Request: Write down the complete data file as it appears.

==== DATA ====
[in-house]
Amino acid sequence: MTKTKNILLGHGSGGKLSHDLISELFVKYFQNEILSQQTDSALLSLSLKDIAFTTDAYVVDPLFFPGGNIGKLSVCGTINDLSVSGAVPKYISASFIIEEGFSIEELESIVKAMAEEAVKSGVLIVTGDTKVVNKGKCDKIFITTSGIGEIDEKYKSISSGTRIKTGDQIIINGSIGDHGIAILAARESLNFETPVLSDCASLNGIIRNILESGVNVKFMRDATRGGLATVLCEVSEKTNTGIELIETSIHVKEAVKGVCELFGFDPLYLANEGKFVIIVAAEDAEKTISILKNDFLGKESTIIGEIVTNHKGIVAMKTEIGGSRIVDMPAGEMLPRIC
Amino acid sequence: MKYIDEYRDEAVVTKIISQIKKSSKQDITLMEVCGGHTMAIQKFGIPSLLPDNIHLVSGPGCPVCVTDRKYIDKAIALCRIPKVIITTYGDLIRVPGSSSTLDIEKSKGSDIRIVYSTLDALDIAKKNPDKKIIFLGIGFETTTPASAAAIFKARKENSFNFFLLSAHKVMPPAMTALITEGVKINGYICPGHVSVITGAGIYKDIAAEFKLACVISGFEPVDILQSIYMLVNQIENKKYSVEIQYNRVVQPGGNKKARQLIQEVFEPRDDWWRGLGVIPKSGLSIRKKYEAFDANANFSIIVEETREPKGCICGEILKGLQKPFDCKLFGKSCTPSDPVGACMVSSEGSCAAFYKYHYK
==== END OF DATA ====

[in-house]
Amino acid sequence: MTKTKNILLGHGSGGKLSHDLISELFVKYFQNEILSQQTDSALLSLSLKDIAFTTDAYVVDPLFFPGGNIGKLSVCGTINDLSVSGAVPKYISASFIIEEGFSIEELESIVKAMAEEAVKSGVLIVTGDTKVVNKGKCDKIFITTSGIGEIDEKYKSISSGTRIKTGDQIIINGSIGDHGIAILAARESLNFETPVLSDCASLNGIIRNILESGVNVKFMRDATRGGLATVLCEVSEKTNTGIELIETSIHVKEAVKGVCELFGFDPLYLANEGKFVIIVAAEDAEKTISILKNDFLGKESTIIGEIVTNHKGIVAMKTEIGGSRIVDMPAGEMLPRIC
Amino acid sequence: MKYIDEYRDEAVVTKIISQIKKSSKQDITLMEVCGGHTMAIQKFGIPSLLPDNIHLVSGPGCPVCVTDRKYIDKAIALCRIPKVIITTYGDLIRVPGSSSTLDIEKSKGSDIRIVYSTLDALDIAKKNPDKKIIFLGIGFETTTPASAAAIFKARKENSFNFFLLSAHKVMPPAMTALITEGVKINGYICPGHVSVITGAGIYKDIAAEFKLACVISGFEPVDILQSIYMLVNQIENKKYSVEIQYNRVVQPGGNKKARQLIQEVFEPRDDWWRGLGVIPKSGLSIRKKYEAFDANANFSIIVEETREPKGCICGEILKGLQKPFDCKLFGKSCTPSDPVGACMVSSEGSCAAFYKYHYK